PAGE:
Student Spotlight: Christopher Barth
Major: Integrated Engineering
Technology and Engineering
Most people go into a mild state of shock when an electrical appliance or machine malfunctions, but Christopher Barth actually gets a jolt out of fixing them.
"You might have a photocopy machine that people say is dead," Barth explained. "But I say that 95 percent of its components are still working. I see the fact that there is only a very small glitch."
Barth, who is now working on his master's degree in electrical engineering at the University of Illinois, completed an Associate in Applied Science degree in Integrated Engineering Technology and his first two years of engineering coursework at College of DuPage.
“COD helped me focus interests that I had from a young age, but which I was not certain what to do with,” he explains. “When I was three or four, I had a box of old car parts and components. For a long time, I did not really do anything with them, I just enjoyed having them. Eventually I was able to repair some of the items I took apart - at 11 I repaired the family washing machine.”
Because of his interest in electricity, Barth enrolled in the Integrated Engineering Technology program at college of DuPage. After his third semester, Barth was accepted for the Students in Engineering and Technology at Packer (STEP) program with Packer Engineering in Naperville. The STEP program exposes students to a broad range of engineering disciplines and allows them to observe and frequently participate in a variety of projects.
The focal point of Barth’s summer at Packer was an electromagnet design competition which taught students about a system to extract iron from the surface of the moon. Teams of interns built several different electro-magnets to pull iron from a simulated lunar soil mixture. During the magnet design process, Barth found plans for a high-efficiency magnet that uses both standard electromagnets and permanent magnets and conducted a series of strength tests, comparing the performance of the high-efficiency design against a conventional electromagnet.
At the University of Illinois, Barth worked on research with Professor Robert Pilawa to develop a new algorithm for controlling power converters used to maximize the efficiency of photovoltaic solar panels.
"We were specifically designing the algorithm to work effectively in small, low-cost converters which manage the energy from individual solar panels or subsections of a panel," he said. "Although the research results will hopefully be beneficial in many applications, we tailored our demonstration system to a solar battery charging application for use in the rural communities of underprivileged countries."
In summer 2012, Barth interned with Delphi in Kokomo, Ind., and worked in the power electronics division on electromagnetic compatibility testing. He continued his association with Pilawa on his senior thesis by working on a control strategy to maximize the power produced by solar panels. This is called maximum power point tracking and is required for most serious solar energy applications.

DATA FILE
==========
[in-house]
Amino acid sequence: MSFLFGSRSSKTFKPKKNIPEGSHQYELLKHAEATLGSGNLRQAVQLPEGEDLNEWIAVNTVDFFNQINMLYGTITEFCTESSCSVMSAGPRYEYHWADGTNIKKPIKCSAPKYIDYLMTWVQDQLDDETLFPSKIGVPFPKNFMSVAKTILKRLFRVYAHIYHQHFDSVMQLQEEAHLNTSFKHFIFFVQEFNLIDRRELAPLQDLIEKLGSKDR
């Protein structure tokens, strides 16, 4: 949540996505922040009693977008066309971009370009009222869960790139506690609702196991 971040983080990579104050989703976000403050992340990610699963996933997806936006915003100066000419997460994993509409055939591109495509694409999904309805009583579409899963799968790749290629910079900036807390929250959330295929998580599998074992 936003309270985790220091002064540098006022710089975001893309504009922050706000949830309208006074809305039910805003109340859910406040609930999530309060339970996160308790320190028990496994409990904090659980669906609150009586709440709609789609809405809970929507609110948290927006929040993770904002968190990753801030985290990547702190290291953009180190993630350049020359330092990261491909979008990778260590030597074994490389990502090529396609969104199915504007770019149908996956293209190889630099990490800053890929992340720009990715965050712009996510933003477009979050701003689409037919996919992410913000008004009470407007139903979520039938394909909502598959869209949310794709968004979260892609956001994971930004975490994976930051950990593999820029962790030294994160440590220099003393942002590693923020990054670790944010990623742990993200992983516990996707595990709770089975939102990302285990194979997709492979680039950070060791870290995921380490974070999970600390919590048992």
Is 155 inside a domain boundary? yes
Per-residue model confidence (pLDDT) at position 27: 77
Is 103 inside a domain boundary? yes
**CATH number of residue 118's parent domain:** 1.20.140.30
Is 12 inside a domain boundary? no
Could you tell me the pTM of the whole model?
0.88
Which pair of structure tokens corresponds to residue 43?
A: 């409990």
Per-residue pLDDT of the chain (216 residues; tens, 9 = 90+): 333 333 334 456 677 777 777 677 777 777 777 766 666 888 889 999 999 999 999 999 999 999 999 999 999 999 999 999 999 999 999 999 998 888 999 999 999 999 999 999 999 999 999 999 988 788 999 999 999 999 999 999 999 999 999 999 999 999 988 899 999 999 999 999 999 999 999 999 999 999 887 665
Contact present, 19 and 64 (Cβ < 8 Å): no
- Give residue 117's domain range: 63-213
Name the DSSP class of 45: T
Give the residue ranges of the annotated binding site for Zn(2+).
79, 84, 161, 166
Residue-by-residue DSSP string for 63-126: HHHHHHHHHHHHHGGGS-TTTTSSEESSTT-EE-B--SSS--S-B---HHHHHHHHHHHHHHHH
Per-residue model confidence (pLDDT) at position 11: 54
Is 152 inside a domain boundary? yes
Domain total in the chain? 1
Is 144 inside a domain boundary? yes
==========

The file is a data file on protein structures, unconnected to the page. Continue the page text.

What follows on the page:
He earned his bachelor's degree in electrical engineering with honors in December 2012 and currently is finishing his master's.
"During my undergraduate studies I learned how to apply the theory of the approach, and during my first semester of graduate school I demonstrated the technique in hardware," he said. "I received one of three prize paper awards at the IEEE Workshop on Control and Modeling for Power Electronics for the paper I coauthored with Professor Pilawa, 'Implementation of Digital Dithering Ripple Correlation Control for Photovoltaic Maximum Power Point Tracking.' It was selected from almost 70 papers.
"Grad school in engineering at Illinois is challenging but rewarding if you know you are interested in the field. During my first semester, I was a TA for a class on electric machines and will continue TA work this fall in a power electronics lab course. Helping students learn is rewarding and provides an opportunity to benefit others in the midst of busy engineering semesters that would otherwise be focused almost entirely on my own classes and research. Life is a lot more meaningful when we are investing in the people around us."
Barth also understands the value of internships.
"In today’s competitive world, an internship is a must for college students. An internship gives you practical, hands-on experience -- in other words, the common sense that you really can’t achieve in a classroom,” said Barth, who cautioned that students on internships cannot afford to kick back. “You have to come in with the idea of doing whatever you can to further the project.”
One of Barth's aspirations is operating his own manufacturing business in a rural setting. Rather than shipping more manufacturing jobs overseas, he would like to use automated manufacturing processes to give motivated American workers an opportunity to compete with foreign manufacturing and still make a comfortable living.
Barth is very grateful for the opportunities and training he received while at COD.
“I was a little apprehensive about transferring into one of the highest-ranked electrical engineering programs in the country," he said. "COD provided a great foundation and solid academic track record from which to begin my work at Illinois. Most importantly, it gave wings to the fascination I have had with electricity since I was young.
"I would encourage any potential students who are considering beginning at COD to get started with classes that interest you and then make the most of every internship opportunity you can find. You never know where you will end up."
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